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McDowell Heirloom Returned
Sep 5, 2002

Joseph McDowell's antique platter returns home to Carson House
By MIKE CONLEY
Staff Writer - The McDowell News, Marion, North Carolina


This photograph shows a detail of the antique platter. It has no markings to indicate exactly when it was made or who made it.
(Photo by Karen Thomisee)

An antique platter, formerly owned by (Col.) Joseph McDowell (of Pleasant Gardens), is now back in the county named for this hero of the American Revolution. Last week, the platter arrived by mail at the Carson House. It was donated to the historical museum by Shirley Cochrane of Washington, D.C. Cochrane is a descendant of Col. John Carson, who married Joseph McDowell's widow. The platter previously belonged to Joseph McDowell and could be the only known possession of his that exists in the county bearing his name. "That graced the table of Joseph McDowell for whom McDowell County is named," said Anne Swann, a member of the board of directors for the Carson House.

As a major, McDowell commanded a company of men who fought the British at the Battle of Kings Mountain during the Revolutionary War. After the war, he was given the title of colonel. He was also a prominent physician and distinguished himself as a legislator in the N.C. House of Commons. He was later elected to represent this area in the U.S. Congress. He was also appointed to serve on a commission to settle the boundary line between North Carolina and Tennessee.

After his death, his widow Mary Moffitt McDowell married Col. John Carson, who built the Carson House. When she moved to the Carson House, she took the platter with her. "She carried it on her lap from the McDowell House to here," Swann said. "She rode in a buggy and carried it on her lap." The traditional account holds that when his new wife moved from the McDowell House to the Carson House, she took the name "Pleasant Gardens" with her and applied it to her new home. The McDowell House was originally called "Pleasant Gardens" and this is how that name came to be applied to the area near the Carson House and Buck Creek.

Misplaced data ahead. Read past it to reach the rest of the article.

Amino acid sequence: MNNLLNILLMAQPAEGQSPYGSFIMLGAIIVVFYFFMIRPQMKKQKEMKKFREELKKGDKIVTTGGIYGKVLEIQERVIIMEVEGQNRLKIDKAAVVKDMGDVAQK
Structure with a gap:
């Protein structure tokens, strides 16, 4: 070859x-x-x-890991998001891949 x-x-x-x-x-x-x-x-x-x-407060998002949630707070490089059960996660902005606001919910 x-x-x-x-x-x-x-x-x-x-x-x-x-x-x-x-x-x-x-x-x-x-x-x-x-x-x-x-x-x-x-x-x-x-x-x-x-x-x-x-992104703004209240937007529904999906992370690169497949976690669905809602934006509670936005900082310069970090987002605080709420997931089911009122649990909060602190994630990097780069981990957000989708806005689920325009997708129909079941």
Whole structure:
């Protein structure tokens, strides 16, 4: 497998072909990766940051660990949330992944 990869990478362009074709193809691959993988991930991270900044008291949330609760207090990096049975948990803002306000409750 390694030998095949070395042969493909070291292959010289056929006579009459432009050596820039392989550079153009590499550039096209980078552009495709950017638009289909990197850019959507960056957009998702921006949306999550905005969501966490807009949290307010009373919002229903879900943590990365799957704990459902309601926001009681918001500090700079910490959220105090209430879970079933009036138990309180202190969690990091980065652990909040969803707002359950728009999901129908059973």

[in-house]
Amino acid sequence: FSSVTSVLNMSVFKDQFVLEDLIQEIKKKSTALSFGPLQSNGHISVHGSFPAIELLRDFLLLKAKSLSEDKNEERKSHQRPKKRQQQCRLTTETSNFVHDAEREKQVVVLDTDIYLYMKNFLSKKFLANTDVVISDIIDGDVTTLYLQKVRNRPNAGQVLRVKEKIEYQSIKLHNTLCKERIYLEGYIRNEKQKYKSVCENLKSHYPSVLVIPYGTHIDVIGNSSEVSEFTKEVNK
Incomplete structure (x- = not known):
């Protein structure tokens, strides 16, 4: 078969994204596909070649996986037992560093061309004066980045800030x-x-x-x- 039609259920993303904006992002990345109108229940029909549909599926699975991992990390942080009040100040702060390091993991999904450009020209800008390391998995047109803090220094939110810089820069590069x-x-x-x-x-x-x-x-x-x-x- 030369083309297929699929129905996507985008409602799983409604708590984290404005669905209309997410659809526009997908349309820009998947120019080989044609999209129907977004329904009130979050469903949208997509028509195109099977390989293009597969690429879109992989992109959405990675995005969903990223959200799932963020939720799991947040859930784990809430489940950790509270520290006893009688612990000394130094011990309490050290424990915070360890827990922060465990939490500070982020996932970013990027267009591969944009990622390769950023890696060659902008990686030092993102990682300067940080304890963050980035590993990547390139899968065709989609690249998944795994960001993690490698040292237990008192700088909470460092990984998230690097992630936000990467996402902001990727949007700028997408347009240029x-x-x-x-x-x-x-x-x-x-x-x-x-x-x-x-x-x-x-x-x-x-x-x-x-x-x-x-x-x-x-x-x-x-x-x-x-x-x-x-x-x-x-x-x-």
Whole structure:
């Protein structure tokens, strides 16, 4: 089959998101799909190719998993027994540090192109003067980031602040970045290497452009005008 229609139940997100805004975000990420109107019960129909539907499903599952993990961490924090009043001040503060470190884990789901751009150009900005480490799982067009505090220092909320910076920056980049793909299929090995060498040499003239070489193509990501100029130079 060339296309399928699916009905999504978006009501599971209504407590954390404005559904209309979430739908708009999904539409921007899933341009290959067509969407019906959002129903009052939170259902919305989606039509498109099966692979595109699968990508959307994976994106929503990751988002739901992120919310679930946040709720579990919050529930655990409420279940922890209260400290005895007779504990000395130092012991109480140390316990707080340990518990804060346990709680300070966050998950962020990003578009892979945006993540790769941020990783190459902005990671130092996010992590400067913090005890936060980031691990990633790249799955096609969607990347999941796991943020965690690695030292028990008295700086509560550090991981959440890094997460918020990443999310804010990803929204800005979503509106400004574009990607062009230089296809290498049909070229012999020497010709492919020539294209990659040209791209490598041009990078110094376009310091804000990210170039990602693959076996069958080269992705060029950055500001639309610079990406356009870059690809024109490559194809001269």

After she died, the platter came into the possession of her daughter Margaret Carson. She married Col. Peter Sinclair, who was a lawyer in Marion. The platter was handed down from one generation to the next until it came into the possession of Mrs. Cochrane, who is now in her 80s. Mrs. Cochrane recently decided she wanted to donate a large number of old documents to the North Carolina collection in the library of the University of North Carolina at Chapel Hill. She also wanted to donate the platter but the university library only accepts documents. Officials with the UNC library suggested that she donate the platter to the Carson House, its former home.

It does not contain any markings to indicate exactly how old it is, where it was made or who made it. "We haven't had an expert look at it to see who made it or when it was made," said Nina Greenlee, who chairs the museum's board of directors. She added this platter could have been made or purchased in Charleston, S.C. "They bought their luxuries in Charleston," she said. Greenlee said she is not aware of any other surviving items in McDowell County that once belonged to Joseph McDowell. "It is nice to have it come home," she said.


Article from the McDowell News of Marion, McDowell County, North Carolina - 5 September 2002.


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